The PJ Tatler

What Caused the Massive Explosions in Tianjin?


No one knows yet what caused the two massive explosions that ripped through the warehouse district in the Chinese city of Tianjin, one of the busiest ports in the world yesterday, throwing hundreds of huge shipping containers dozens of yards and mangling hundreds more.

Chinese officials are still trying to assess the extent of the damage, but 50 are known dead and at least 500 injured — 71 critically. Rescuers are still digging through the wreckage looking for survivors. Firefighters have suspended their efforts, fearing the volatility of some of the chemicals it is believed were the proximate cause of the explosions.

Indeed, one of the big worries now is toxic fumes. The warehouse that is believed to be ground zero for the explosions was filled with some pretty nasty stuff;

sodium cyanide (NaCN), toluene diisocyanate (TDI) and calcium carbide (CaC2), all of which pose direct threats to human health on contact. NaCN in particular is highly toxic. Ca(C2) and TDI react violently with water and reactive chemicals, with risk of explosion.

Thousands of cars waiting to be shipped are little more than charred hulks:


The Wall Street Journal reports that a supply problem now exists of raw materials being shipped into the port, including iron ore for China’s massive steel industry:

Tianjin and its port are at the center of one of China’s economic zones—regions with special laws and ownership restrictions to facilitate international trade. Along with numerous Chinese-owned manufacturing facilities, major Western corporations, including Airbus Group SE, John Deere and Wal-Mart Stores Inc. operate factories or distribution centers in the area. Factories across the region rely on Tianjin to export their goods and to import iron ore, coal, oil and other commodities. The port is also one of the top importers of cars in China.

Tianjin ranks 10th globally in container traffic, handling about 14 million twenty-foot-equivalent units, the standard measure for containers, according to Alphaliner, a research firm. That’s about the same number as the combined volume at Los Angeles and Long Beach, the largest U.S. port complex, though it lags the busiest southern Chinese ports, including Shanghai and Shenzhen.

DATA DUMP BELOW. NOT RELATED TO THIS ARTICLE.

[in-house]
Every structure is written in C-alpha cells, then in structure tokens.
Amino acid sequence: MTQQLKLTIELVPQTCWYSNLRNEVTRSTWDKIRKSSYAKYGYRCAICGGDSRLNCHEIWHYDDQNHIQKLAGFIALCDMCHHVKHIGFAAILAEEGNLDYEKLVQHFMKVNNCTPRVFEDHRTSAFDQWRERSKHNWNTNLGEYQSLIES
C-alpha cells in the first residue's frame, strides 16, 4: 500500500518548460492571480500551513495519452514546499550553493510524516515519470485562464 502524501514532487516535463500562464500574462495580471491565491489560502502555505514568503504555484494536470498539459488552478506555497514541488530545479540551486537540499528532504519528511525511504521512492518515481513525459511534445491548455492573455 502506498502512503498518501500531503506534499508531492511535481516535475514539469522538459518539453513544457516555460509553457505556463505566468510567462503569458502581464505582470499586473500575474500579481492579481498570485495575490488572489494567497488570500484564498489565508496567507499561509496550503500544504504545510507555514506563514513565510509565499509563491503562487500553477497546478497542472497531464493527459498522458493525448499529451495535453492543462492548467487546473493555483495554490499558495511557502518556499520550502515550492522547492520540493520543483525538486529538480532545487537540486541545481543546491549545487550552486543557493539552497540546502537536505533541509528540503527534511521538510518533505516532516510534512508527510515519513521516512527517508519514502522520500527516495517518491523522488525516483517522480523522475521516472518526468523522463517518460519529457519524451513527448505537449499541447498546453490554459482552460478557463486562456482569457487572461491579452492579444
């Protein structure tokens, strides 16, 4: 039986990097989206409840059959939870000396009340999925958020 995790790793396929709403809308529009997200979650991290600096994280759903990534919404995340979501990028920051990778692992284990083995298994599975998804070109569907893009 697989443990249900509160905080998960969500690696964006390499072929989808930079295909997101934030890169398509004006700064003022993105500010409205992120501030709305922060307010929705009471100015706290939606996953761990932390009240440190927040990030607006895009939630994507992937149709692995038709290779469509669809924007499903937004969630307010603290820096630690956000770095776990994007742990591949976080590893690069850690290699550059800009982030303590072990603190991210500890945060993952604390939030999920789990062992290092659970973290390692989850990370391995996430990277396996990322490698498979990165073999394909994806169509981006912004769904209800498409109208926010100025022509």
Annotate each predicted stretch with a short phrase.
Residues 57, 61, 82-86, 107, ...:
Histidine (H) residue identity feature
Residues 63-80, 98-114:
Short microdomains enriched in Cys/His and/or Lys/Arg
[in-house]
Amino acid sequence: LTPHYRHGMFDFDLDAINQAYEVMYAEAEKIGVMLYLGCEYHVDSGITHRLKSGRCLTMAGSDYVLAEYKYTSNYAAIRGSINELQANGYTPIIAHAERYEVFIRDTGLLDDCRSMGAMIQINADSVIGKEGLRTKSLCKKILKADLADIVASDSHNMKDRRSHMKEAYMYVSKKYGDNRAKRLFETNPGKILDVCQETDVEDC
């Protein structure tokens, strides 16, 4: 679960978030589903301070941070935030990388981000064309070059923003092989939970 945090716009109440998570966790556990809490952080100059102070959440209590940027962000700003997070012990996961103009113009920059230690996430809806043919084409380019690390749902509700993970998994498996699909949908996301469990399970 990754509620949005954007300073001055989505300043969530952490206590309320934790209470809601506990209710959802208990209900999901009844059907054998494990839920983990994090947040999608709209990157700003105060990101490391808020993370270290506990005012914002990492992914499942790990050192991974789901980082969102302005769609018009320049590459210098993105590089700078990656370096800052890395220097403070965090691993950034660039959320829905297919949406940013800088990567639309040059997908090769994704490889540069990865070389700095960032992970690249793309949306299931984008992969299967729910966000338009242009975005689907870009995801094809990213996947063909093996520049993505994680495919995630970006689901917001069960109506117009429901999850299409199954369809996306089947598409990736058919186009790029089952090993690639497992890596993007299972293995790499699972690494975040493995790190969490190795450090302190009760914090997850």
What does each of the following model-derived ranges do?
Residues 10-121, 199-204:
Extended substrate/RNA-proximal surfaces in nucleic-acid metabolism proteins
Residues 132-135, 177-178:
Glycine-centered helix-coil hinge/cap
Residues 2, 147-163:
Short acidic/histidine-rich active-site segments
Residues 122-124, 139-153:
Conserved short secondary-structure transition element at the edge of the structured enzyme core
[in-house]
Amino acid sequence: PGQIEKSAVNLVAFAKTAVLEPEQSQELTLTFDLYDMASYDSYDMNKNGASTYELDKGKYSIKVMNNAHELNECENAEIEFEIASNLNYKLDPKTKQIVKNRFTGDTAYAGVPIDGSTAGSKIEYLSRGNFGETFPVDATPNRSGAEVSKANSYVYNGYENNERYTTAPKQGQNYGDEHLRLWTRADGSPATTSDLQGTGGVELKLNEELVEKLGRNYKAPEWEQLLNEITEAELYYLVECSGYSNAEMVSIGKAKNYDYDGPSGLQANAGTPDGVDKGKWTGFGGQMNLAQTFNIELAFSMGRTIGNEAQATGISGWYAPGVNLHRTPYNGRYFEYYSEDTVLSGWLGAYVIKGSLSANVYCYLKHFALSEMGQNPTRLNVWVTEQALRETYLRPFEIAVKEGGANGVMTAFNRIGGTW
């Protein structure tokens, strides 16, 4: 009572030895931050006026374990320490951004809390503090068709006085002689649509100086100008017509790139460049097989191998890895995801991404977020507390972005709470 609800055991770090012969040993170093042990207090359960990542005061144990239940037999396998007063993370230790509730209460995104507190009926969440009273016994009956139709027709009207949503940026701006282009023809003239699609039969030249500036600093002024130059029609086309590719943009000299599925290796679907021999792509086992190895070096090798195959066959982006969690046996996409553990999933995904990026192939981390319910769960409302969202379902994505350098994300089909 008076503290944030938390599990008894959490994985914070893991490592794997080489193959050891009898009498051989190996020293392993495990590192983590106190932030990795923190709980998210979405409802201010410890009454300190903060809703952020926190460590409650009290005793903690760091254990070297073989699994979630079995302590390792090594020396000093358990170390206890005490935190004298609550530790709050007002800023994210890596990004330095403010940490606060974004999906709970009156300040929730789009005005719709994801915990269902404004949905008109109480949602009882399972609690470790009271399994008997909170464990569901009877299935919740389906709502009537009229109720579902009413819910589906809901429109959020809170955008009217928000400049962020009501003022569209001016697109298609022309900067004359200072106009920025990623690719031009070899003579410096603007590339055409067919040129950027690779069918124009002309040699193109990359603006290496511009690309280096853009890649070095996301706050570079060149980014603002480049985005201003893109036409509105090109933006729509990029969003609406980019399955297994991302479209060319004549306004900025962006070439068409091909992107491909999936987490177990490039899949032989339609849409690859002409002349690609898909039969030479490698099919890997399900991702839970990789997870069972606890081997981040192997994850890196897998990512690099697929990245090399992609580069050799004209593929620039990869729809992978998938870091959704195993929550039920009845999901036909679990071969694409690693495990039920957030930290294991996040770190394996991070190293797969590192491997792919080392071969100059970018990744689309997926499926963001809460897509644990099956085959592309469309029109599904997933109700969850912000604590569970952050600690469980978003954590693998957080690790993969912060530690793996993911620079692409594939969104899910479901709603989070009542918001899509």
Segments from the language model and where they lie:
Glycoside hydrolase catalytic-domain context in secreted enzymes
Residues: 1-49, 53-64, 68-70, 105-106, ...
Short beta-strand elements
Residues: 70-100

Tianjin “is absolutely an enormous port … it’s of huge importance in respect to the distribution of goods around the northern region of China, especially the Beijing metropolitan area,” said John Manners-Bell, chief executive of U.K.-based logistics research firm Transport Intelligence Ltd.

He said even minor delays could have a vast impact on supply chains because major ports like Tianjin serve as focal points for global shipping as well as transportation inland. He added that it’s too early to know how the explosions will affect logistics for companies that use the port.

“This is a huge, huge risk … ports are transport nodes within the supply chain,” Mr. Manners-Bell said.

The explosions could potentially have an immediate effect on the price of iron ore imported by steelmakers, according to Nicolai Hansteen, an analyst with shipbroking firm Lorentzen & Stemoco AS in Oslo.

The port has been expanding its iron ore import capabilities in recent years to accommodate the largest ore ships. In 2008, China Cosco Holdings Ltd., a state-owned shipping line, established a new headquarters for its dry bulk shipping operations in Tianjin. The port imported 25 million tons of iron ore in the first half of 2015, or roughly 6% of China’s projected total imports this year, according to data analyzed by Lorentzen.

Government data also show that Chinese steel mills have drawn down stocks of iron ore to roughly 80 million tons, or about 20 days’ supplies, Mr. Hansteen said.

“It’s fallen to a very precarious levels. Any disruption in that respect will be felt as a shortage, and it will be felt as high prices.”

The death toll is expected to rise dramatically. The company that runs the port says that dozens of its employees are missing, and they are still expecting to find bodies in the rubble.

It is expected to take many weeks for operations at the port to get back to normal. Meanwhile, you have to wonder if there isn’t a similar time bomb of toxic chemicals being stored at an American port just waiting for one careless worker, or one unlucky occurrence to cause a similar tragedy.